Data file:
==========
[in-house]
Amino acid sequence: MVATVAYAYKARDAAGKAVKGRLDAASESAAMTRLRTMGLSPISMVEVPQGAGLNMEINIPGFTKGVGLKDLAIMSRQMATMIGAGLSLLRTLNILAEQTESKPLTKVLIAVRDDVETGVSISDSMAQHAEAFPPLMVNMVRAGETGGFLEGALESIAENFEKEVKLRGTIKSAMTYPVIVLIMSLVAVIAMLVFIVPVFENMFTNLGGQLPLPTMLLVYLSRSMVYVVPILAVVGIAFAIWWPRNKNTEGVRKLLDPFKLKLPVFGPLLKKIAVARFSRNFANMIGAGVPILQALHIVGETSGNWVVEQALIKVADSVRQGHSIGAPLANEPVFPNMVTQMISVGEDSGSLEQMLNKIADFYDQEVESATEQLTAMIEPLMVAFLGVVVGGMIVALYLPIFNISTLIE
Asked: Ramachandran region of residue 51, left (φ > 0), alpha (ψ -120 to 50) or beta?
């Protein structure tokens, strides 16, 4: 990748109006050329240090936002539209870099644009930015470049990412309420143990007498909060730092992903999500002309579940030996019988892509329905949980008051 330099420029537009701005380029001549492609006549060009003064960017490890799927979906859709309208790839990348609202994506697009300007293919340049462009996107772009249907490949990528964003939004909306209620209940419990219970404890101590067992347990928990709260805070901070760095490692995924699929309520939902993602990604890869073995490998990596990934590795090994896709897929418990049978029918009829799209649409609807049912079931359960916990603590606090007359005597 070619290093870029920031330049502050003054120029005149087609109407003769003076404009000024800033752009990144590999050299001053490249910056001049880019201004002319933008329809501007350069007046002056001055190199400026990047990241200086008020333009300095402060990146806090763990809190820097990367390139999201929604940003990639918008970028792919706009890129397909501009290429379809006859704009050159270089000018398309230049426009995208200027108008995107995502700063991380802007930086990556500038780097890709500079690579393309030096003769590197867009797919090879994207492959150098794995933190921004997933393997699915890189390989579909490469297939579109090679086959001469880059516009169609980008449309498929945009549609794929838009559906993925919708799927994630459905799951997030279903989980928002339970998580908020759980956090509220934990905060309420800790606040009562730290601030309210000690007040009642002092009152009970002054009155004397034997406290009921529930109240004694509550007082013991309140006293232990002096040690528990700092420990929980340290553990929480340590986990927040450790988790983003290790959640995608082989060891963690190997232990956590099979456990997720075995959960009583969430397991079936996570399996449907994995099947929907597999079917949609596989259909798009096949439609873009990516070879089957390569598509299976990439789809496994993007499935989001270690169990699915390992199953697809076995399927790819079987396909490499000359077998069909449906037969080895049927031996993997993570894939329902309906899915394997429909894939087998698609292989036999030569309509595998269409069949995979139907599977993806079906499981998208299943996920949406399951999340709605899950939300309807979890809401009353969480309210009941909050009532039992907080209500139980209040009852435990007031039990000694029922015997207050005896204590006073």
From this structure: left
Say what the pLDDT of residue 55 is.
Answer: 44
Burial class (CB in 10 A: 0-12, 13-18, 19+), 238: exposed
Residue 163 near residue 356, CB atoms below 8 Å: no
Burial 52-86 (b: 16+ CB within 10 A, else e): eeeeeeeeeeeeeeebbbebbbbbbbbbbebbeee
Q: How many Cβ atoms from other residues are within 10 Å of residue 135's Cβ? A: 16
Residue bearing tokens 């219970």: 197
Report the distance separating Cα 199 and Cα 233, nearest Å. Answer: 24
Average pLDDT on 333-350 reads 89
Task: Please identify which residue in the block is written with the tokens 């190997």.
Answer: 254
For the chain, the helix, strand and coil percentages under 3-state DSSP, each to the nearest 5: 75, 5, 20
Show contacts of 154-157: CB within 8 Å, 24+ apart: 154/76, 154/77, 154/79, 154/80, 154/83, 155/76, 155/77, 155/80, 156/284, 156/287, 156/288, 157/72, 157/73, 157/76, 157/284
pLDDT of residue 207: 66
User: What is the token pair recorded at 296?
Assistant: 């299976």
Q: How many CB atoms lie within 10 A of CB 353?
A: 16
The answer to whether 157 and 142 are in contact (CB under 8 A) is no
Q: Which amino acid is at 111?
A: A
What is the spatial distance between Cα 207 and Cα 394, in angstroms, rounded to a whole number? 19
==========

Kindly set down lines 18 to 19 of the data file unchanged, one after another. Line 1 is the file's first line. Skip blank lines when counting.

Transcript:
Show contacts of 154-157: CB within 8 Å, 24+ apart: 154/76, 154/77, 154/79, 154/80, 154/83, 155/76, 155/77, 155/80, 156/284, 156/287, 156/288, 157/72, 157/73, 157/76, 157/284
pLDDT of residue 207: 66